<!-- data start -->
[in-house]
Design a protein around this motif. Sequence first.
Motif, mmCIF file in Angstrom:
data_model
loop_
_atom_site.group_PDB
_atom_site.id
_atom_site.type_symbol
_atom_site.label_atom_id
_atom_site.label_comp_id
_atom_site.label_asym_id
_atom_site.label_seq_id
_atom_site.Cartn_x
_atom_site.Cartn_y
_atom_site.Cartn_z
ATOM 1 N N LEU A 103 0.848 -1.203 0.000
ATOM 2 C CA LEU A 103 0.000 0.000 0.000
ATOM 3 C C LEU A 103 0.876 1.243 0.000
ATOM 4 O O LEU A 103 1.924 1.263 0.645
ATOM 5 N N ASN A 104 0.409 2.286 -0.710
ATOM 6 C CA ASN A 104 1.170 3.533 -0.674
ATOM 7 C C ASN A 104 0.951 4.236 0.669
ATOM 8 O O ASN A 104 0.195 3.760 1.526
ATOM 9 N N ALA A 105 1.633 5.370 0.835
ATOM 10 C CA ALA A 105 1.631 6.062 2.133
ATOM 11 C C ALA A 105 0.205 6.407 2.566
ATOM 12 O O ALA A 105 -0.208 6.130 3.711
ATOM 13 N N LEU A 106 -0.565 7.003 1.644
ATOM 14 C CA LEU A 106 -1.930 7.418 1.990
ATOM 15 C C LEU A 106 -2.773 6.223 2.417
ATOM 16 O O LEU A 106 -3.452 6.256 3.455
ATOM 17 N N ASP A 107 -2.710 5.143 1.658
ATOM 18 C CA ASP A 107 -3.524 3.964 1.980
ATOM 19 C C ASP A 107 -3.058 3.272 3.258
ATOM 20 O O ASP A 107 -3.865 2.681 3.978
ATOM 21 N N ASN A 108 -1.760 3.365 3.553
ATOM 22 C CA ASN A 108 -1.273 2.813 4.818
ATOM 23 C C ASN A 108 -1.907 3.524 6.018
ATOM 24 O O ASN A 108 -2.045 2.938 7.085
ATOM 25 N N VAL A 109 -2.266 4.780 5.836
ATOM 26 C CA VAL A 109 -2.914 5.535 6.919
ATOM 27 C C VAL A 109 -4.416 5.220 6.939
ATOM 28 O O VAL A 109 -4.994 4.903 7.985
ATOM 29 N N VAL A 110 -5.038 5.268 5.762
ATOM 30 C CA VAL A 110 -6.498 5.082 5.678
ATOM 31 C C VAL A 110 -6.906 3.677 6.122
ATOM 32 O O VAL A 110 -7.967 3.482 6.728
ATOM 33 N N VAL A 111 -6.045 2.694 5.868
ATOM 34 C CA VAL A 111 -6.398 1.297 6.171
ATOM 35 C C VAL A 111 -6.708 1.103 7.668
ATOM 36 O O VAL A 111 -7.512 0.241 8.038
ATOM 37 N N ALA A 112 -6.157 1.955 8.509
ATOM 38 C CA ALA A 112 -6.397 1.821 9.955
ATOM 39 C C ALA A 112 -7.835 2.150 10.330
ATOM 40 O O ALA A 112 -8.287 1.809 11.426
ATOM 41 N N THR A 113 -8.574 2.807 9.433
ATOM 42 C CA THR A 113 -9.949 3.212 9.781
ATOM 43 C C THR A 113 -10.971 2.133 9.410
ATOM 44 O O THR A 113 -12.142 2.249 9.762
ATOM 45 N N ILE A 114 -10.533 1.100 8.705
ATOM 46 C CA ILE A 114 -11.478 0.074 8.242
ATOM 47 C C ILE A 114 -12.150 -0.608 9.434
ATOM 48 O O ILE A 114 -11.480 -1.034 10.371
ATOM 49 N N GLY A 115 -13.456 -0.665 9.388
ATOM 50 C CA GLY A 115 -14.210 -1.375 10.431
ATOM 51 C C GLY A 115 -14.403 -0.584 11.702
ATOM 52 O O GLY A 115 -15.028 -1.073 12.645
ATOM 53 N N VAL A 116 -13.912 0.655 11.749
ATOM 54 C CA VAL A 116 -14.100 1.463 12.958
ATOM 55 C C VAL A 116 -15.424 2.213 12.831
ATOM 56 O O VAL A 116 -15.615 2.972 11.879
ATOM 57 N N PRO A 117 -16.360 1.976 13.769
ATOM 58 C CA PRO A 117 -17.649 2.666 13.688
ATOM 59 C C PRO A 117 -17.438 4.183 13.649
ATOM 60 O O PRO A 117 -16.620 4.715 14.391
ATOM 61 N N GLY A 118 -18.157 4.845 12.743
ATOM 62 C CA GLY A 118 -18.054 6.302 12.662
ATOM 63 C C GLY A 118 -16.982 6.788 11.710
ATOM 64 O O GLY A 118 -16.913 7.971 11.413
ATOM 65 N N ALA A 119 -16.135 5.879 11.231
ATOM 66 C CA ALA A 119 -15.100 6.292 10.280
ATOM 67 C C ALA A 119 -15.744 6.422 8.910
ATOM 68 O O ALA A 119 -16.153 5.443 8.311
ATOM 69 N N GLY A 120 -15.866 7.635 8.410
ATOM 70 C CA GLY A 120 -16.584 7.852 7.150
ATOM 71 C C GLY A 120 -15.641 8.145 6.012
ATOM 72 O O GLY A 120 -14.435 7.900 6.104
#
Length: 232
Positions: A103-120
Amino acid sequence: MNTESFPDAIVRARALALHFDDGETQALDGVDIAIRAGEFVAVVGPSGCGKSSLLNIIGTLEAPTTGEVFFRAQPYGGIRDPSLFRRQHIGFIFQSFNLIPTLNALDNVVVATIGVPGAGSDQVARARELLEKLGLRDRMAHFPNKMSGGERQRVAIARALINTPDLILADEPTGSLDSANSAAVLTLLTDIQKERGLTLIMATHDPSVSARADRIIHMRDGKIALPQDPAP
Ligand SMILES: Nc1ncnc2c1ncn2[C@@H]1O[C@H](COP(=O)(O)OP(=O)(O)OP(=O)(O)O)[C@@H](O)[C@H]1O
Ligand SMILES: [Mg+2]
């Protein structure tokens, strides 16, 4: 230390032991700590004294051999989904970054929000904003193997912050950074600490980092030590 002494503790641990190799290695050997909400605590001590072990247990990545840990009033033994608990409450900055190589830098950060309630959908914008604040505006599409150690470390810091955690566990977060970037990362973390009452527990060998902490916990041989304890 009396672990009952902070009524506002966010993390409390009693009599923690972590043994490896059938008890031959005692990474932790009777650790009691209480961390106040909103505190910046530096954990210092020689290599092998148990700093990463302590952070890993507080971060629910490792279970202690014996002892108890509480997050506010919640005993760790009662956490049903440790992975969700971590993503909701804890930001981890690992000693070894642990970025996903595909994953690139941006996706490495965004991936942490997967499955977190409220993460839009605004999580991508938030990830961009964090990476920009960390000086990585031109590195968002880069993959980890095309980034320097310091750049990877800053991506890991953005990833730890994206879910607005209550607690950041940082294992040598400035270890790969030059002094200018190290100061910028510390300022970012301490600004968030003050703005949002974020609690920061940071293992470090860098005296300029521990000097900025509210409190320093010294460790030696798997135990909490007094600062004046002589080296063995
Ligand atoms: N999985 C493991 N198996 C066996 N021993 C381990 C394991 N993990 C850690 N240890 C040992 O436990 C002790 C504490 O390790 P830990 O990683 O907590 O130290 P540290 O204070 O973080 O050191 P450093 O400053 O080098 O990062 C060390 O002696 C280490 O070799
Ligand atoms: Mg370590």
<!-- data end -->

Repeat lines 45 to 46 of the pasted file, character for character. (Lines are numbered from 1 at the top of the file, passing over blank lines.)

ATOM 30 C CA VAL A 110 -6.498 5.082 5.678
ATOM 31 C C VAL A 110 -6.906 3.677 6.122